Alongside the music, the festival will feature a beer garden serving craft brews stocked by BX Beer Depot, eats by Swanky's Bar-B-Que, a play area for kids with a bounce house, and other curiosities such as fire breathers and a novelty bike exhibit.

Craft vendors and area artists — all of whom have some connection to Lake Worth and the greater Palm Beach area — are slated to inhabit the shady section of Bryant Park across from the stage. Stitch Rock craft fair founder and Lake Worth resident (and New Times' July 29 cover gal) Amanda Linton, who says her own annual Delray Beach event drew about 2,000 people last year, will handle Lake Worth-It's craft booths and work closely with Adam Sheetz, who helped found Pupil's Collective, a collaborative forum for area artists.

Under Sheetz's guidance, each art booth will host two artists of different genres who will be expected to collaborate on a single piece of art as well as have the opportunity to sell their pieces.

Here's Johnny!
Monica McGivern
Here's Johnny!

Location Info


Bryant Park

Lake Ave. and S. Golfview Rd.
Lake Worth, FL 33460

Category: Parks and Outdoors

Region: Lake Worth


Lake Worth-It Festival 2010, with John Ralston & Invisible Music, Black Weather Shaman, Black Finger, the Jameses, Guy Harvey, Jesse Baumann, the Dewars, Everymen, Kill Now?!, Sweet Bronco, Yellow #6, Bladesong, the People Upstairs, Angry Pudding, Sweet Chariots, Leading the Heroes, the Ridicules, Blond Fuzz, the Hard Richards, and Wayside Flyer. 10 a.m. Saturday, August 7, at Bryant Park, Golfview Road and Lake Avenue, Lake Worth. Tickets cost $10 in advance, $20 at the door. Click here.

"Everyone's been waiting for something like this to happen," says Linton, who assembles playlists from local band submissions to play at Stitch Rock each year. "There's a fine line between music and art. When anyone's painting, they're listening to music. It's a great idea to merge the two together on such a large scale to show the rest of South Florida that Lake Worth is a thriving artistic community."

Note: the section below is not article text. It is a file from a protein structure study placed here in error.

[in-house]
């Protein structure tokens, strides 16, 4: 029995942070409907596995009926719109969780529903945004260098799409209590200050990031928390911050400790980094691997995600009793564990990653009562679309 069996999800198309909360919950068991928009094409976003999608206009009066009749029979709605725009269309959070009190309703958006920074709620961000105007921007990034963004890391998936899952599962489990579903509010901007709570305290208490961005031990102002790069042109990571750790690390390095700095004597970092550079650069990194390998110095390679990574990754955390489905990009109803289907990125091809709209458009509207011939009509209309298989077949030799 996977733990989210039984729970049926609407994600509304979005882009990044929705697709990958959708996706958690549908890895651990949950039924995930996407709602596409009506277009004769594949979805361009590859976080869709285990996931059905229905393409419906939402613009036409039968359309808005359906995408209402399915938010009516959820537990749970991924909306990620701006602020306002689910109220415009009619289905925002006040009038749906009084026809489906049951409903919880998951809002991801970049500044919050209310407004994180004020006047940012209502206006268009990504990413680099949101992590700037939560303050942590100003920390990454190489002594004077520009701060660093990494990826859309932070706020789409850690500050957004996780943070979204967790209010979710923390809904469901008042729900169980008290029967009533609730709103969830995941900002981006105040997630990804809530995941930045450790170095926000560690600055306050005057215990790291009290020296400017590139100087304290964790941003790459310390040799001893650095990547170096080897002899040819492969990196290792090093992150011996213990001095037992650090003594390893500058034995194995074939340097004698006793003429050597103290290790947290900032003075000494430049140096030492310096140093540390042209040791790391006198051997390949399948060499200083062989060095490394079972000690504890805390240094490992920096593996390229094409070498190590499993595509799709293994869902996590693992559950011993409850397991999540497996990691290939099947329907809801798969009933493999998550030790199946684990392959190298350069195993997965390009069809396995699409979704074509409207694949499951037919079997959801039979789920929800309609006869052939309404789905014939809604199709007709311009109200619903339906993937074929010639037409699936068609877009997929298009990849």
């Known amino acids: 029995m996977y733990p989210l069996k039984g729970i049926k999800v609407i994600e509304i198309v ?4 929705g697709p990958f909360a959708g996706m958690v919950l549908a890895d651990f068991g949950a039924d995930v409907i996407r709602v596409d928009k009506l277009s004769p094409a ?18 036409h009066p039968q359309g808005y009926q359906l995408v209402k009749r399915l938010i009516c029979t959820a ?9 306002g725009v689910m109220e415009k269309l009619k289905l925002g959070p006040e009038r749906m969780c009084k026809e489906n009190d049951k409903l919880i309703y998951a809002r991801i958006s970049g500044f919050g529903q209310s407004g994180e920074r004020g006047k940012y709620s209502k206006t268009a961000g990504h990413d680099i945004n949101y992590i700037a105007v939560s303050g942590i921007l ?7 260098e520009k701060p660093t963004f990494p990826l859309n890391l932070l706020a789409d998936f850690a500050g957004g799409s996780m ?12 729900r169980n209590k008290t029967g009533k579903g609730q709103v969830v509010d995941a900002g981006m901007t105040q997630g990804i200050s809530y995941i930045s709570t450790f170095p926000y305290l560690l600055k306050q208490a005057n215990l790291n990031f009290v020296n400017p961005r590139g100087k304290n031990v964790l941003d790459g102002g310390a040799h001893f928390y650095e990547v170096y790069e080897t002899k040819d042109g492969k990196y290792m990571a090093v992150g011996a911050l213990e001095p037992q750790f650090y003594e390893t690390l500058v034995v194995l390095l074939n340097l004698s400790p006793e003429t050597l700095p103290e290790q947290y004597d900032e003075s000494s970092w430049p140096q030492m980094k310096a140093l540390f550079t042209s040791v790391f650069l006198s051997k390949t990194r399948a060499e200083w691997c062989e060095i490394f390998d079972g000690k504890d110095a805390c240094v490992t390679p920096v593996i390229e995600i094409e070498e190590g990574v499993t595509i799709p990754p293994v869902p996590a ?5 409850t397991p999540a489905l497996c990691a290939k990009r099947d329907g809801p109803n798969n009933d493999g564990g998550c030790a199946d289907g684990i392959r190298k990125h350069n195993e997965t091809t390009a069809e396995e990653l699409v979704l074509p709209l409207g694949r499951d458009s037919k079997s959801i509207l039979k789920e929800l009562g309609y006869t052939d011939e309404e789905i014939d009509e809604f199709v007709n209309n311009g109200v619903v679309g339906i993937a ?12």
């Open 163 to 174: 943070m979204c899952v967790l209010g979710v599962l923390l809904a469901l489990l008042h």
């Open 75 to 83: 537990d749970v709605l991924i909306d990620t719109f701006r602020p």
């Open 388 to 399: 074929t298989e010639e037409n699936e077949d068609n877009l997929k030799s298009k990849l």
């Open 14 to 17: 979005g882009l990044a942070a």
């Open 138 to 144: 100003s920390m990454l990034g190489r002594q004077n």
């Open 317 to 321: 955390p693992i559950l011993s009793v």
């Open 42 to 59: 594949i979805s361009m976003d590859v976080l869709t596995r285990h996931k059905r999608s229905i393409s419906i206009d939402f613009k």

Beyond showcasing local talent to the community at large, the Lake Worth-It festival is also designed to expose artists to one another. "A lot of these bands don't know each other, so putting them all on the same stage at the same festival is building community," says Propaganda nightclub booker/Honeycomb promoter Steve Rullman, who's handling the promotional aspects of the festival.

In this spirit, headliner Ralston will attend as a spectator and performer. "I hope that there's a vibe that everybody sort of hangs that day and it's not just play your set and leave. Cecil has done a good job of making it this sort of thing that we're going to put our best foot forward as an artistic community. There are so many good bands in the fest. I plan on being there all day and checking out as many bands as I can."

"Break away from your clique," Lunsford adds. "If you like punk rock, great. But if you like punk, you'll probably like a little bit of alt-country; you'll probably like a little bit of indie. You're not going to like it all, but go out and support local music, because if we don't have a local music scene, there's no place for any of us to play."

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